Category: Bible

Joy to the World?

O Come Let Us Adore Him Christmas ornament on tree

Often when we think of Christmas and its meaning, we use words like joy, happiness, peace. It’s almost a knee-jerk reaction of what Christmas is supposed to be. But if we take a step back, we realize that isn’t always the experience for many people. We know many people have a hard time at Christmas, and we ourselves might find it disappointing if not downright painful.

In fact, if we go back to the first Christmas, it would be hard to see much joy, happiness, or peace for many of the people involved. Mary was a pregnant, teen mother surrounded by gossip about her infidelity to her finacé, Joseph. And it wasn’t just the painful words. She could have been killed for what the townspeople supposed she’d done if Joseph had wanted it.

She gave birth, without a mother or midwife, in a dirty, animal holding pen. And then shortly after, her new little family was fleeing for their lives from King Herod. The same Herod who ordered all of the babies in the surrounding area killed in an attempt to kill her baby. The immense sorrow of those families that first Christmas is unimaginable.

For the rest of her son’s life, Mary would hear the whispers about His illegitimacy and her character. And then the whispers became shouts as people questioned Jesus’ sanity and His audacity to say He was the Messiah. Even her other children mocked Him. And then He died a painful, humiliating criminal’s death.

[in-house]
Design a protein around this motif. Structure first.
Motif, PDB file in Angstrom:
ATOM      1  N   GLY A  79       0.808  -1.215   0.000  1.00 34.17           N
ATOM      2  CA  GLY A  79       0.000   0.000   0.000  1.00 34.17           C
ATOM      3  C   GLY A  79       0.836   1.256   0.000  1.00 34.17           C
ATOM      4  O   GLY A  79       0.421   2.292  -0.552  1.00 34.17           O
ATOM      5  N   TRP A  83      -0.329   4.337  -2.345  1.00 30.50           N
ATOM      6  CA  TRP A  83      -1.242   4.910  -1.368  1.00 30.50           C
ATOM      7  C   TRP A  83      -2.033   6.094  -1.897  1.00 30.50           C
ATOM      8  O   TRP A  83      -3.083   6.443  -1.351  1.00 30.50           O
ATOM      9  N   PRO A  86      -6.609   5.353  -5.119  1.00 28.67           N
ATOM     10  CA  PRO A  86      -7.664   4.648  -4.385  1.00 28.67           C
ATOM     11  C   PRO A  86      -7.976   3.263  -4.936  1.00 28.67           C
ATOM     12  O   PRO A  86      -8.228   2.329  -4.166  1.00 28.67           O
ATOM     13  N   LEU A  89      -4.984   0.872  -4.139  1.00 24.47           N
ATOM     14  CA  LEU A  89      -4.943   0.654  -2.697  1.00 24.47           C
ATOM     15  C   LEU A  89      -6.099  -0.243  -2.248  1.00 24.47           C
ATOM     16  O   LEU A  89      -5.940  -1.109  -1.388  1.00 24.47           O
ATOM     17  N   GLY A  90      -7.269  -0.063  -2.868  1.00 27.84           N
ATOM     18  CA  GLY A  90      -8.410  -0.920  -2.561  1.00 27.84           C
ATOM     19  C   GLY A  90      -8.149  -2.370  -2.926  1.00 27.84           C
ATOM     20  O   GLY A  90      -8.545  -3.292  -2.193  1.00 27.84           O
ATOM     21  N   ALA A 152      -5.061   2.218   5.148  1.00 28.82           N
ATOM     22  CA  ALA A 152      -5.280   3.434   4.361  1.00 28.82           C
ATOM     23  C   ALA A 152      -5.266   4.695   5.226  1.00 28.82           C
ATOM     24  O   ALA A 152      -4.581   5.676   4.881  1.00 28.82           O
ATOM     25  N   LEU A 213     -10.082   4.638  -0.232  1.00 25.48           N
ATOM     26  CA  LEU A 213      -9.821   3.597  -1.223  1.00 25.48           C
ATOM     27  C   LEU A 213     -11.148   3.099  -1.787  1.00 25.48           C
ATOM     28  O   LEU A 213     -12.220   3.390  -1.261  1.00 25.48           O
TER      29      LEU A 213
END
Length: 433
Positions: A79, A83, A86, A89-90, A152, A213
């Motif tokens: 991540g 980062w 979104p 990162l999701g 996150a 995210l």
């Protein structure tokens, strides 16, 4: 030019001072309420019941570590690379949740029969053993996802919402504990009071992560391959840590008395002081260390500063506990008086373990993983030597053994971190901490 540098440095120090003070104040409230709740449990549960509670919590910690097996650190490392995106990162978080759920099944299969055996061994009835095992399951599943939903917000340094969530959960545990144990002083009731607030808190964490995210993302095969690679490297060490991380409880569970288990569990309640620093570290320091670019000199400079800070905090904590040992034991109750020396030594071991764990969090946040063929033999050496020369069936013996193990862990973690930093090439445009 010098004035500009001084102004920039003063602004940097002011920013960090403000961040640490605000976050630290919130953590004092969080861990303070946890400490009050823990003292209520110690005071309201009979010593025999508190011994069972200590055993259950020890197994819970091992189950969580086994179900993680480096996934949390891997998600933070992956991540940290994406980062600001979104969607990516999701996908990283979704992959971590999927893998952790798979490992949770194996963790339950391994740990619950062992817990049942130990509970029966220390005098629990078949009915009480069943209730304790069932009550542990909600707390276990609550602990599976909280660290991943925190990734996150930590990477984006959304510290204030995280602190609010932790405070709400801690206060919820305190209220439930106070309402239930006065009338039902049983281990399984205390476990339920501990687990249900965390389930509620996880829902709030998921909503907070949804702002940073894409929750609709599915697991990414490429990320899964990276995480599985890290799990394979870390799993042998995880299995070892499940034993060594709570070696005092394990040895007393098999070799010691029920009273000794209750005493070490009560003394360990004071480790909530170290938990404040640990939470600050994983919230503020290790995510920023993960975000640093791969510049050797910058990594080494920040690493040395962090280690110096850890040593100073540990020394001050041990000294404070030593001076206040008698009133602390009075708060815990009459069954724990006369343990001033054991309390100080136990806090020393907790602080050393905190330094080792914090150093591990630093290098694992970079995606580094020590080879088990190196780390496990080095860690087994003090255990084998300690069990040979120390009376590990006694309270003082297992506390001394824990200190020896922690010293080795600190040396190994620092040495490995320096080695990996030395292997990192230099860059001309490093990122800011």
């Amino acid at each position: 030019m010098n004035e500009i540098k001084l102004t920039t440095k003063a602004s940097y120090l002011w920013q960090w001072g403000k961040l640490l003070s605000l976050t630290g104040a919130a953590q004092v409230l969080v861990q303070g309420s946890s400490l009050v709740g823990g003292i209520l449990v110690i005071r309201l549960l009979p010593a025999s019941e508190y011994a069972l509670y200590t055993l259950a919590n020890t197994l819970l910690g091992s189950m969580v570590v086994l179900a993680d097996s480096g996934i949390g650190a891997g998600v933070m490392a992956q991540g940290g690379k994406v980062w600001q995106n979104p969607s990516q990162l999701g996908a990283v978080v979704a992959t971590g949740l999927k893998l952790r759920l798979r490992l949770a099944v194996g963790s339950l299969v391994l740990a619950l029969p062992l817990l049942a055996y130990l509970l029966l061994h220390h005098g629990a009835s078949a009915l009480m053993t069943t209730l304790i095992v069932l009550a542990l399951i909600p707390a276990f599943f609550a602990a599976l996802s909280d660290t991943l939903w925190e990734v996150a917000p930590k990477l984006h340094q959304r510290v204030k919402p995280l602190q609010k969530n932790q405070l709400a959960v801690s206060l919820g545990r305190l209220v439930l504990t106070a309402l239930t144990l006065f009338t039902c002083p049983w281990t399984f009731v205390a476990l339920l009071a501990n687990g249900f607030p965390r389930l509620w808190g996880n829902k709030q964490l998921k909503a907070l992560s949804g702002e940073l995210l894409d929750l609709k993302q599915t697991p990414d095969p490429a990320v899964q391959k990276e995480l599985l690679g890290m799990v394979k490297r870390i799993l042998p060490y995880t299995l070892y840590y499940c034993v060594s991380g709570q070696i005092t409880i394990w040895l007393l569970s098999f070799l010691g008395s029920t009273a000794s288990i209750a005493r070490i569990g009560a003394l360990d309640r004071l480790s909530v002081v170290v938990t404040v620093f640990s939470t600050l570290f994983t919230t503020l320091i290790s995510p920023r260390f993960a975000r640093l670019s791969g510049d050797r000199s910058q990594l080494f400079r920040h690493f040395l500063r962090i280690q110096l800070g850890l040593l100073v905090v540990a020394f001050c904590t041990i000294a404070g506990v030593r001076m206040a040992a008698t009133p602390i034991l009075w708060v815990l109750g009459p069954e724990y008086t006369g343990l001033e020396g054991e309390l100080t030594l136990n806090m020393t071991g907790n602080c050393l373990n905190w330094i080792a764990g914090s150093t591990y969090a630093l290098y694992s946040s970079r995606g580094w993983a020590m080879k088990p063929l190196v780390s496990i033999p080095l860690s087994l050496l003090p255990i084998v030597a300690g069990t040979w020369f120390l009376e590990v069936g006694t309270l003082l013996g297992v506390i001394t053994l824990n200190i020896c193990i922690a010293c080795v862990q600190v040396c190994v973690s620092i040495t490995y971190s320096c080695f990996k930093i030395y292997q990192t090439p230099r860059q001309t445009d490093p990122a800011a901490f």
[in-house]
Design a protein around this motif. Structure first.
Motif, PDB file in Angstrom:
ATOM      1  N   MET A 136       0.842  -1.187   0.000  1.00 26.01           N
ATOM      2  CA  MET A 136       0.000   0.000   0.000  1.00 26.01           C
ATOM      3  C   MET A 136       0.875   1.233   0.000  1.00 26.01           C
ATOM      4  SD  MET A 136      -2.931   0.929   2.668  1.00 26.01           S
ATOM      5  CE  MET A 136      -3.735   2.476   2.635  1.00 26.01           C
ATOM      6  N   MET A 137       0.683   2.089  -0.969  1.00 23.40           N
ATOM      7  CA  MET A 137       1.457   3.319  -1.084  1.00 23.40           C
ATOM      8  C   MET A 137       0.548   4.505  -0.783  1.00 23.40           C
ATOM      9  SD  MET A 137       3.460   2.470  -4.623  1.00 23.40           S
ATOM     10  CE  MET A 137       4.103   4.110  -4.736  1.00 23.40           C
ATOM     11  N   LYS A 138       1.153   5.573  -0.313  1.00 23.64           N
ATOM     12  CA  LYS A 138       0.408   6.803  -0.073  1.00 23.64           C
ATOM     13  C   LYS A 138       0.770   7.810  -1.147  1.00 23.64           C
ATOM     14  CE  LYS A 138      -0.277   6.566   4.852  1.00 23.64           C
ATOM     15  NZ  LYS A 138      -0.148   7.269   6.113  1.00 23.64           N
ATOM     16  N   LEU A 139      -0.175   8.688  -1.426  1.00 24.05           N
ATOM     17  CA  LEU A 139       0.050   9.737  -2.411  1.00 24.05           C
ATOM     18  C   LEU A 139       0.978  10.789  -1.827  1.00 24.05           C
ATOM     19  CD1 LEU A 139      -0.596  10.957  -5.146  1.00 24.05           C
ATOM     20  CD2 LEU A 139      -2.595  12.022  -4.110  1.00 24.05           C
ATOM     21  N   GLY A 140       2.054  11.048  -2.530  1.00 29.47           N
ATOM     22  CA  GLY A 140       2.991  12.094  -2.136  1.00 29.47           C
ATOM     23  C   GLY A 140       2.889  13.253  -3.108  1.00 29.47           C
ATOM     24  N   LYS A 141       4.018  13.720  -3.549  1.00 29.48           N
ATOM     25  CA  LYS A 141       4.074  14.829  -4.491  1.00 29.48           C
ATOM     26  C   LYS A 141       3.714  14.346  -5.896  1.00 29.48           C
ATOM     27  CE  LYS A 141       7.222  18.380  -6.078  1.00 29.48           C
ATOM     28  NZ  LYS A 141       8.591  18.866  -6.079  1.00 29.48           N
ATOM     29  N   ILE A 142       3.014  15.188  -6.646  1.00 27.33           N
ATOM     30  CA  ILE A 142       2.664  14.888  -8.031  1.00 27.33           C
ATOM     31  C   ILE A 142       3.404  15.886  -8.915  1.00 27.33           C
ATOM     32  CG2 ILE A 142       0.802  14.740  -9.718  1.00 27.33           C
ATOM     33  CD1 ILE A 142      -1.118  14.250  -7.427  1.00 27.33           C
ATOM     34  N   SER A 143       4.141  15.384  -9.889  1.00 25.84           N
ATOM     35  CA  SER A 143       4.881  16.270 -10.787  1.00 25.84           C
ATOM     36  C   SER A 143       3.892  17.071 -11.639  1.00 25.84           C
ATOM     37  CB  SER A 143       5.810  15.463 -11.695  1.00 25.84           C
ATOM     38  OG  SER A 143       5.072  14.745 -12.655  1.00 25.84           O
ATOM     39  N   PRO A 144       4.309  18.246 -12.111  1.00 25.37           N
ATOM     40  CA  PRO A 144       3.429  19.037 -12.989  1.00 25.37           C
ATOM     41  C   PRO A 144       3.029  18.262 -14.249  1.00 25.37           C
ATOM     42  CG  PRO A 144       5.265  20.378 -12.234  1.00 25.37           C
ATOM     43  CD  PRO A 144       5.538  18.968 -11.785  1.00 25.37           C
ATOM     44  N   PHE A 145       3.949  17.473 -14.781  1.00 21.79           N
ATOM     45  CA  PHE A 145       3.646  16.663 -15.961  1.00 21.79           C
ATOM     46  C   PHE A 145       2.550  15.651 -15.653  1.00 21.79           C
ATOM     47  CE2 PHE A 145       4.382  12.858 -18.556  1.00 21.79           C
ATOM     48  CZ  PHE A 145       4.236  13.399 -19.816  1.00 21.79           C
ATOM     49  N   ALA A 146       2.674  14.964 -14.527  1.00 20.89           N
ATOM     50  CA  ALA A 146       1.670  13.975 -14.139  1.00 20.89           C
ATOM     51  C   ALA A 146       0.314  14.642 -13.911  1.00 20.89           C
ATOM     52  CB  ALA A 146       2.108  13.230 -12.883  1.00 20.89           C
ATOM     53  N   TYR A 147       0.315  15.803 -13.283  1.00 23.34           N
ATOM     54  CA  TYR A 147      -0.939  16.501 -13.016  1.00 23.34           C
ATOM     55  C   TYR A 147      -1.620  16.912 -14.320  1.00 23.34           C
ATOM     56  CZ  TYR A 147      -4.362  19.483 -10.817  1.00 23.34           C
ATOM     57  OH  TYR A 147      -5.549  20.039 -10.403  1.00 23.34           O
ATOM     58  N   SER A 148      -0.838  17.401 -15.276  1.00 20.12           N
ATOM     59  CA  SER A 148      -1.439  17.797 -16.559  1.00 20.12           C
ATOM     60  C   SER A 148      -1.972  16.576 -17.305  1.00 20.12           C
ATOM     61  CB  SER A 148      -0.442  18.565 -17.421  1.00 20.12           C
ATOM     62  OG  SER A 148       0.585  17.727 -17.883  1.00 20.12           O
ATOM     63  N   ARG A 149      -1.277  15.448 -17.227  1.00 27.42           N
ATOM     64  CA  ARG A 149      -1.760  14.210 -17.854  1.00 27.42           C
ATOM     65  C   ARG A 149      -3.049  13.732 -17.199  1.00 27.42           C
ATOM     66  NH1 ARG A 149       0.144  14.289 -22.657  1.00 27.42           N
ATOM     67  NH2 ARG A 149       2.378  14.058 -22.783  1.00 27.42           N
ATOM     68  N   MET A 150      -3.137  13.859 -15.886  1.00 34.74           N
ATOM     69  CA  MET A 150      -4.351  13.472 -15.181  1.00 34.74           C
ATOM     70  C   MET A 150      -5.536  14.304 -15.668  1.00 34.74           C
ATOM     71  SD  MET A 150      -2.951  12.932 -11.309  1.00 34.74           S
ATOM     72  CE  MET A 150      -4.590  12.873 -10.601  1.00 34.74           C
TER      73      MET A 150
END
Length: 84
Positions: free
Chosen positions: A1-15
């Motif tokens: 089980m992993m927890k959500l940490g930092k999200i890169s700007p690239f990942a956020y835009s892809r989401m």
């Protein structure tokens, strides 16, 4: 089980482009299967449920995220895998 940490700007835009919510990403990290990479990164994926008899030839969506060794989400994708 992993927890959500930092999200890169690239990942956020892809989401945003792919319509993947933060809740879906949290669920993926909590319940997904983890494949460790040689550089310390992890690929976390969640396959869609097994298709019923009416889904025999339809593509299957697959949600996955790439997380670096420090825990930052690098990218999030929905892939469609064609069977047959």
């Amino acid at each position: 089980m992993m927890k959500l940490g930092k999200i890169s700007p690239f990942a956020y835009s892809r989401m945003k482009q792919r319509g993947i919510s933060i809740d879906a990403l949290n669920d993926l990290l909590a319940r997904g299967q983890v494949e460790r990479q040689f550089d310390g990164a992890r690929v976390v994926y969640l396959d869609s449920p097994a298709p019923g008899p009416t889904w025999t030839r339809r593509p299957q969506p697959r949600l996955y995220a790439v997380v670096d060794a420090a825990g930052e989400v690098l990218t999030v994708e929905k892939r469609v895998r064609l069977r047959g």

In the quiet moments, when she reflected on the day the angel told her she would bear the Savior her people had been waiting thousands of years for, she must have questioned God’s purpose and her role. And when she said she was the Lord’s servant, she had no idea what she was getting into or the incredible pain that would accompany her obedience.

So who was celebrating that first Christmas? Who was joyful? Those with a heavenly perspective. The angels. The first angel, the messenger, said to the shepherds: “Do not be afraid. I bring you good news that will cause great joy for all the people.” And the host, the heavenly army, said, “Glory to God in the highest heaven, and on earth peace to those on whom his favor rests.”